Of course, the Marquis is juxtaposed to the young, idealistic Abbe. The contrast between the two represents the distinction between one who emphasizes the good in man, our ability and willingness to love (Abbe) with one who emphasizes or sees the ugliness, cruelty and perversion of man (Marquis). I was convinced by the end that the Marquis made a strong point.

The idea of a literate chambermaid in those days was a stretch of the imagination for me. That she was also beautiful (Kate Winslet) and virginal, smart and clever made her a heroine for all times.

It was interesting to me to see how the common folk loved the Marquis's writings.

Now I've started At Home with the Marquis, and the first chapters are somewhat dull. I don't know how far I'll get at this rate. Maybe a lot of skim-reading. Having seen this sympathetic portrait of the Marquis will probably influence my reception of Plessix-Gray;s account."

misssylviadrake
Jul. 23rd, 2010 10:42 am (UTC)
Not historically accurate at all
From Catherine Delors, novelist:

"Dear Ellen,

I watched Quills a few years ago, and was shocked, both by the violence and by the historical inaccuracy of the thing. It starts with the very first frame of the film, where we have a medieval (!) executioner, complete with hood, in the midst of the French Revolution and it goes downhill from there.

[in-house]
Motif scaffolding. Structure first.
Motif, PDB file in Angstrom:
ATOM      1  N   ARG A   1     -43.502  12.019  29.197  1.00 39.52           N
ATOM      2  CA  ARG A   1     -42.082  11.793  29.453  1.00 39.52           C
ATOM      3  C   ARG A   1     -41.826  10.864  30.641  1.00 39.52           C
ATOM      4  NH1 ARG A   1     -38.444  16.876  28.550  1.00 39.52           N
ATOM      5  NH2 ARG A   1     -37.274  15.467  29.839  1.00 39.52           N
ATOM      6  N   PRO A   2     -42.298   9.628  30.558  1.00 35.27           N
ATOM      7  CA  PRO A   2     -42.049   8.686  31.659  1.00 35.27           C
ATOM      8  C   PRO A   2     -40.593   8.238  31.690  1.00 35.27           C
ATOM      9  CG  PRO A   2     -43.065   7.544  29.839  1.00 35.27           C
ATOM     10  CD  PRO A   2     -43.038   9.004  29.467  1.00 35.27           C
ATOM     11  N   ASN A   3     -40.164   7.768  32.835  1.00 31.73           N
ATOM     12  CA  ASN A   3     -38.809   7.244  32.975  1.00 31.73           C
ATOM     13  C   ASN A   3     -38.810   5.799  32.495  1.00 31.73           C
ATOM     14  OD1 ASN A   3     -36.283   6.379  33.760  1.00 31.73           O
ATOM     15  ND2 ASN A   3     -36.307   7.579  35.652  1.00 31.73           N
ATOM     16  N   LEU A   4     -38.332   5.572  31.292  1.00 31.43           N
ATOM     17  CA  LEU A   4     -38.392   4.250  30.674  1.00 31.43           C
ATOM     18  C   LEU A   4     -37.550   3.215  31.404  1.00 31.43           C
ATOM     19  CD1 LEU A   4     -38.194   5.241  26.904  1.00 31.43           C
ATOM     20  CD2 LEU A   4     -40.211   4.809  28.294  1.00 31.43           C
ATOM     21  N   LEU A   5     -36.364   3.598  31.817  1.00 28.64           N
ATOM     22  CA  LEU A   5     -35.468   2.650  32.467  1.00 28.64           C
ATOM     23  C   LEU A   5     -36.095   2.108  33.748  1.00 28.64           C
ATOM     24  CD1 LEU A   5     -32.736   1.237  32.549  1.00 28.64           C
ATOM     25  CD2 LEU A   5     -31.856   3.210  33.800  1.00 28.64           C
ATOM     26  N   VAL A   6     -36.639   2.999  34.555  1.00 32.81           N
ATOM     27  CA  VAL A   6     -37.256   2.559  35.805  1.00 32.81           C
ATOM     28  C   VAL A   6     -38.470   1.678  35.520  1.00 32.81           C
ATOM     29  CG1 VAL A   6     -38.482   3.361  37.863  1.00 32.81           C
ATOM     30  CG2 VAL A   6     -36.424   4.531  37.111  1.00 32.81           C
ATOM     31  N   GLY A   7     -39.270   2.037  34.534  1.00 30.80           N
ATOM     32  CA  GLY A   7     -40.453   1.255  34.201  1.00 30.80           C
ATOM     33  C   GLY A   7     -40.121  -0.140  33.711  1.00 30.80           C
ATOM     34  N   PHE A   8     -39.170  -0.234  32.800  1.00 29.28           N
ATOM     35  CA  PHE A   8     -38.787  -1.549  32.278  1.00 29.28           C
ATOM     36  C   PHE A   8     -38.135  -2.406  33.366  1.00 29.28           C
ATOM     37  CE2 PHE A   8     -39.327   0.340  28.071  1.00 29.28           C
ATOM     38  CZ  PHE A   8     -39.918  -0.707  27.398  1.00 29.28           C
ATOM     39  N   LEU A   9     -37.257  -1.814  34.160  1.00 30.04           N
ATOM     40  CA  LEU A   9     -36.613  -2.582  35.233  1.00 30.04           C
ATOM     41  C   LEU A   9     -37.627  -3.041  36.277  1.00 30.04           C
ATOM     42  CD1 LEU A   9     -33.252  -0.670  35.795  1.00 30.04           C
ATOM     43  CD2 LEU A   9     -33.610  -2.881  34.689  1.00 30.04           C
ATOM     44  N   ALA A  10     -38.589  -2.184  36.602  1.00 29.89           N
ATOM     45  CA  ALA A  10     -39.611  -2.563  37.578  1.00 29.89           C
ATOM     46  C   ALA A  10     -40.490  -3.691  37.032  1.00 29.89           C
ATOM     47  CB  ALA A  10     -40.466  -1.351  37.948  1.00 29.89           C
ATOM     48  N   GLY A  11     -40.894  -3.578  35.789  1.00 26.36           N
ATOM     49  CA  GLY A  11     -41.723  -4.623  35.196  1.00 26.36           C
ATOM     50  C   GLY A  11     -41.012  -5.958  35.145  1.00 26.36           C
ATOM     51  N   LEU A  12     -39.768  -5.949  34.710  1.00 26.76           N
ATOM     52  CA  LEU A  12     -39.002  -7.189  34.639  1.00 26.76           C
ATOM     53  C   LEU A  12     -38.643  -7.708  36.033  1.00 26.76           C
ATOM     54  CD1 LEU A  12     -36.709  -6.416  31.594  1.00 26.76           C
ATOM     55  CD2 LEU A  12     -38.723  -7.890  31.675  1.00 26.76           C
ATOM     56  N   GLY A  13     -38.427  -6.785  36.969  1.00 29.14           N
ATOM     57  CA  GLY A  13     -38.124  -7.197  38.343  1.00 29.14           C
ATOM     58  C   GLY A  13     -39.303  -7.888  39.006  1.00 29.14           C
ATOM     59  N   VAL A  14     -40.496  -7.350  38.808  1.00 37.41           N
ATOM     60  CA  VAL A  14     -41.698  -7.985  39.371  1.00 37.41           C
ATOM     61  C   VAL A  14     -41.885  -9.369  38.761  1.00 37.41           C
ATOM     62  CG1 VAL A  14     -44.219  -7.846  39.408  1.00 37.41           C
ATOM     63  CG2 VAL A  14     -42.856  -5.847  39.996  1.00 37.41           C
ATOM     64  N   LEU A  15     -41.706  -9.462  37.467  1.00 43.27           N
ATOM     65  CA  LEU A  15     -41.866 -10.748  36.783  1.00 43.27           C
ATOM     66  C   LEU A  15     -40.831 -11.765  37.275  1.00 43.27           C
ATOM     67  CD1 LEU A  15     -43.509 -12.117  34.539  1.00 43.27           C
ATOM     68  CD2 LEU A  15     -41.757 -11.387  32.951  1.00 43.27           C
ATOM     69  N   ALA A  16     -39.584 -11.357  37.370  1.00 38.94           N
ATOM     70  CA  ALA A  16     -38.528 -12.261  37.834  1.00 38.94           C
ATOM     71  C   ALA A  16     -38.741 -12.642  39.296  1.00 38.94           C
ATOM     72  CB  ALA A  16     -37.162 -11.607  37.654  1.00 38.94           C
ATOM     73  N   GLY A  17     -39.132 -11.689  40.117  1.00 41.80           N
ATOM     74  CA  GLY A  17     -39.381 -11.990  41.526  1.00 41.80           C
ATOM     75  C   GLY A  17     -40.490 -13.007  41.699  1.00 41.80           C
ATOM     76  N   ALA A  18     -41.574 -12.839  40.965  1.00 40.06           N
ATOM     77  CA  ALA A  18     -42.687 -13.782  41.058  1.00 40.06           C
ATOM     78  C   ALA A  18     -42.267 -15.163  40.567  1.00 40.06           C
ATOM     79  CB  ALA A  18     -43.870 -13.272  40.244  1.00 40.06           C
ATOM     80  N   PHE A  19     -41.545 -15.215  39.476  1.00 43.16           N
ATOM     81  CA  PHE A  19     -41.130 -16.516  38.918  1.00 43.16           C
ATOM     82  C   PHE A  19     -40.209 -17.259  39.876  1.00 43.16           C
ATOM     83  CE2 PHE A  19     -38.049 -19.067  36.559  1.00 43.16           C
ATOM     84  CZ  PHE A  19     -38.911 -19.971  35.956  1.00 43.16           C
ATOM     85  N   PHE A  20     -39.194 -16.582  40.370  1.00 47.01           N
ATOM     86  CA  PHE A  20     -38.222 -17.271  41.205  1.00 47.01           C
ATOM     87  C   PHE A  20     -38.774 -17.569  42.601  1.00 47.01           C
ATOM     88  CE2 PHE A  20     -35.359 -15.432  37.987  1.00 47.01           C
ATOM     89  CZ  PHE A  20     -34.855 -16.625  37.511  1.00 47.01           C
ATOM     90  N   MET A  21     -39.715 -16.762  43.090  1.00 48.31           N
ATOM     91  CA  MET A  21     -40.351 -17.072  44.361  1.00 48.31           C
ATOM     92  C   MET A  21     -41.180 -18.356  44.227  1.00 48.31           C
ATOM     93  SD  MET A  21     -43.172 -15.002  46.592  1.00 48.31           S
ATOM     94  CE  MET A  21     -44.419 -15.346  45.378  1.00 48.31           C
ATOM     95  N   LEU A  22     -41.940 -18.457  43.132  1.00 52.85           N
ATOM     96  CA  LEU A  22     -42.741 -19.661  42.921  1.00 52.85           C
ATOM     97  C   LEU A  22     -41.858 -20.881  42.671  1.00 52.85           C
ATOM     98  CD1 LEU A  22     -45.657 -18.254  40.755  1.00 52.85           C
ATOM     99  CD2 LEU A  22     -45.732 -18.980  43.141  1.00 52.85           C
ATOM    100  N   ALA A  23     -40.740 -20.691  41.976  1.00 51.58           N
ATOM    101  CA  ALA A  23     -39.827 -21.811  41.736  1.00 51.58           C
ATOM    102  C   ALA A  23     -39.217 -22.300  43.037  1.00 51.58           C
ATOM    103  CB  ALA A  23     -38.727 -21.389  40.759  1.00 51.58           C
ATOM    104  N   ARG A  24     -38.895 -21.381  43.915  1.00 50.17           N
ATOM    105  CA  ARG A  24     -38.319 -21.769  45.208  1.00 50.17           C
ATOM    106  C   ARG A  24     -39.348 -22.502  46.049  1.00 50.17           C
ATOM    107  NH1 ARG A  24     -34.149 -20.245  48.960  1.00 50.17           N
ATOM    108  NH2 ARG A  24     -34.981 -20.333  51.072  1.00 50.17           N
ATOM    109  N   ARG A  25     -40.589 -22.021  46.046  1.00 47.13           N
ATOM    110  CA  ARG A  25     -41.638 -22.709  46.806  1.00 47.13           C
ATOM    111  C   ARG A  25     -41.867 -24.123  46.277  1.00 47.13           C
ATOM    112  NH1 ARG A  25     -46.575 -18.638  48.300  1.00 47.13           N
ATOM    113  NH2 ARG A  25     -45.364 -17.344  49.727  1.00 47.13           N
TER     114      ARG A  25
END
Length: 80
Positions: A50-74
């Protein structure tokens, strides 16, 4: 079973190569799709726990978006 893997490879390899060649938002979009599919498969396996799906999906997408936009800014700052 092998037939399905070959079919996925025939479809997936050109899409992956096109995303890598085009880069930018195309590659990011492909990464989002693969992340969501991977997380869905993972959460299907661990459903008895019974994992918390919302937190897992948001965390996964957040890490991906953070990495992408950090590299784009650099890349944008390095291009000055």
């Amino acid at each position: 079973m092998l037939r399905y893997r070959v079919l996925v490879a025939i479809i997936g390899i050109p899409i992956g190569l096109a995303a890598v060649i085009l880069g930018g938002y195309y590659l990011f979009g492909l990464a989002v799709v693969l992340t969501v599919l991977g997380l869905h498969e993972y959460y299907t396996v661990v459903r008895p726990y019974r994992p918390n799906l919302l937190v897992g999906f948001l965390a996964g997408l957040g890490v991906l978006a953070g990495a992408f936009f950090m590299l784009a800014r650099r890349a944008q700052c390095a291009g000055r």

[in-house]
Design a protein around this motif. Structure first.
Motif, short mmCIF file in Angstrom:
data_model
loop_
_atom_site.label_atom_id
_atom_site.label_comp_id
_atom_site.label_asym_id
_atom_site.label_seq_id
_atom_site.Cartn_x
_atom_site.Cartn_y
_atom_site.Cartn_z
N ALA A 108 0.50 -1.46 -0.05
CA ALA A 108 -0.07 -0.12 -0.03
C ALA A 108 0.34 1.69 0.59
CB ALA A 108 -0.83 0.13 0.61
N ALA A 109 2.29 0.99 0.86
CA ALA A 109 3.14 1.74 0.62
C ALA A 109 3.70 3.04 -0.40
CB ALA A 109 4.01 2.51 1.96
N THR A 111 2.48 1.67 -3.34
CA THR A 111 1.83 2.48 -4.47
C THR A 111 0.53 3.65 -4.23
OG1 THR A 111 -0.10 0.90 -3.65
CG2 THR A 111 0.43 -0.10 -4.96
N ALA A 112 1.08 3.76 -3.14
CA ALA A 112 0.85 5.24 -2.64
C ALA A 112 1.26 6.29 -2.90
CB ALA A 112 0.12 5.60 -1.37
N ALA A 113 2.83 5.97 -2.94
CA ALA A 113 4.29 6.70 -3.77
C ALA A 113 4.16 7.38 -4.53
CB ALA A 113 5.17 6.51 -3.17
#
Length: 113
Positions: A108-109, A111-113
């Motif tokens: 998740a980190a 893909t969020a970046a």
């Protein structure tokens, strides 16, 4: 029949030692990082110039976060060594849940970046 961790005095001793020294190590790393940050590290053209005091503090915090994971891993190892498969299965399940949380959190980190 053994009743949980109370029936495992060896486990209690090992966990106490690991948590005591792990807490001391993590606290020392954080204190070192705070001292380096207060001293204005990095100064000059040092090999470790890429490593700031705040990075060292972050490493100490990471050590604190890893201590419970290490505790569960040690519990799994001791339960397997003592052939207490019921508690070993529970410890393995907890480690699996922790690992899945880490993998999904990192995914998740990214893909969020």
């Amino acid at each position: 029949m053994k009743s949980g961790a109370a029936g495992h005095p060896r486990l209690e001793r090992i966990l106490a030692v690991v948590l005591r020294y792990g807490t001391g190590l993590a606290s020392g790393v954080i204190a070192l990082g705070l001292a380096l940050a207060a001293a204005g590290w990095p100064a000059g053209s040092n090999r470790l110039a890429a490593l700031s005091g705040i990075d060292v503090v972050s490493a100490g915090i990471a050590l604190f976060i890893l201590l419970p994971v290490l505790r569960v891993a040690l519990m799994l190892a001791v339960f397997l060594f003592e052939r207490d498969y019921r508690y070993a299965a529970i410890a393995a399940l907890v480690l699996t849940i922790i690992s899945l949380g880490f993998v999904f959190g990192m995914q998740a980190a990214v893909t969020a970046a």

Don't look for any authentic period detail there. It's not remotely a biography of Sade either, though many viewers took it as such.

Catherine"
misssylviadrake
Jul. 23rd, 2010 01:11 pm (UTC)
Gothic, French Lit, abuse of women
Linda:

"Ellen,

From Linda:

Excellent blog about Sade and Quills.

Thanks for explaining your interest in Sade as stemming in part from your interest in the Gothic, French literature and, also,the abuse of women.

I read the whole review by Andrew Stein and thought it to be very perceptive.

You quoted his central thesis.

"is about desire and its discontents, not freedom of speech. The deplorable actuncovered in the film is not censorship of free speech but censorship of desire.. .this is the theme that provokes and excites, fascinates and generates horror in people... the right of Art to say anything and critique hypocrisy, is at best secondary, a mere smokescreen. Quills thus expresses the filmmakers' and filmgoers' fantasies of perverse, unlimited gratification and their anxieties about the limits placed on those desires."

The film is thus concerned with not just censorship, but unlimited
censorship--total, absolute self-expression, no matter the consequences to others. And as Stein stated, this is merely a smokescreen to the real concern of the censorship of desire.

I find it all very interesting.

Linda
misssylviadrake
Jul. 23rd, 2010 03:20 pm (UTC)
Postive film studies and Sade view
From Dorothee Polanz, 18th century French scholar:

"I've been watching this movie a lot, and of course, historical accuracy is not the point here. Sade was not tortured nor did he has his tongue cut out. I published an article analyzing in details the treatment of the figure of Sade in American and British movies.

"Sade au prisme du cinéma étranger", L’écran des Lumières / Les Lumières à l’écran. Ed. Laurence Schifano and Martial Poirson. Studies on Voltaire and the Eighteenth Century (SVEC), Oxford. 2009